Dupondius Didius Julianus
DIDIUS JULIANUS. Æ dupondius. Rome, 28 March – 1st June 193 AD.
Obv. IMP CAES DID JULIAN AVG Radiated head right
Rev. CONCORD MILIT SC Concordia standing left holding legionary eagle and standard
Cohen 5 (80 F)
In the confusion that followed the assassination of Pertinax, the praetorian guard held a scandalous spectacle: an auction for the emperorship. There was spirited bidding between Flavius Sulpicianus, the father-in-law of the murdered Pertinax, and the senator Didius Julianus, one of the wealthiest men in Rome. When Julianus pledged an accession bonus of 25,000 sestertii per guard, it was a bid that Sulpicianus could not top. The praetorians led Julianus before the terrified Senate, which had no choice but to ratify the coup d’état. The people of Rome, however, were disgusted by this shameful turn of events and sent messengers to seek help from the commanders of the legions in the provinces. Three generals responded and marched on Rome. Septimius Severus, being the closest to Rome, had the upper hand. The praetorians were no match for the battle hardened soldiers from the frontier, and they quickly decided in favor of Severus. Didius Julianus was not so fortunate, as he was captured at the beginning of June and beheaded in the manner of a common criminal. [NAC]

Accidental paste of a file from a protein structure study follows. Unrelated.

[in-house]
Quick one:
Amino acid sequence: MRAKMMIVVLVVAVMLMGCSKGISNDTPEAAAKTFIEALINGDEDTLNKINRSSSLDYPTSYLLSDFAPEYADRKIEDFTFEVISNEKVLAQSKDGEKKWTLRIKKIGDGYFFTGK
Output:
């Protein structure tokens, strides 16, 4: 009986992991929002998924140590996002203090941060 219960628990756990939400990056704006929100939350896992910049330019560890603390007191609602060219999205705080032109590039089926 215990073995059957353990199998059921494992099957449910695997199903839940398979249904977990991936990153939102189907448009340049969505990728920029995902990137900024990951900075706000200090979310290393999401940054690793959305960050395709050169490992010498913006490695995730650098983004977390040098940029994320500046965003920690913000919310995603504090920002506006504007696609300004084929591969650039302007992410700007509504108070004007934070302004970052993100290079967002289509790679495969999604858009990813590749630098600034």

Mid bronzes for Didius Julianius are rarer than Sestertii.
From ARSANTIQVA auction 3 November 2000.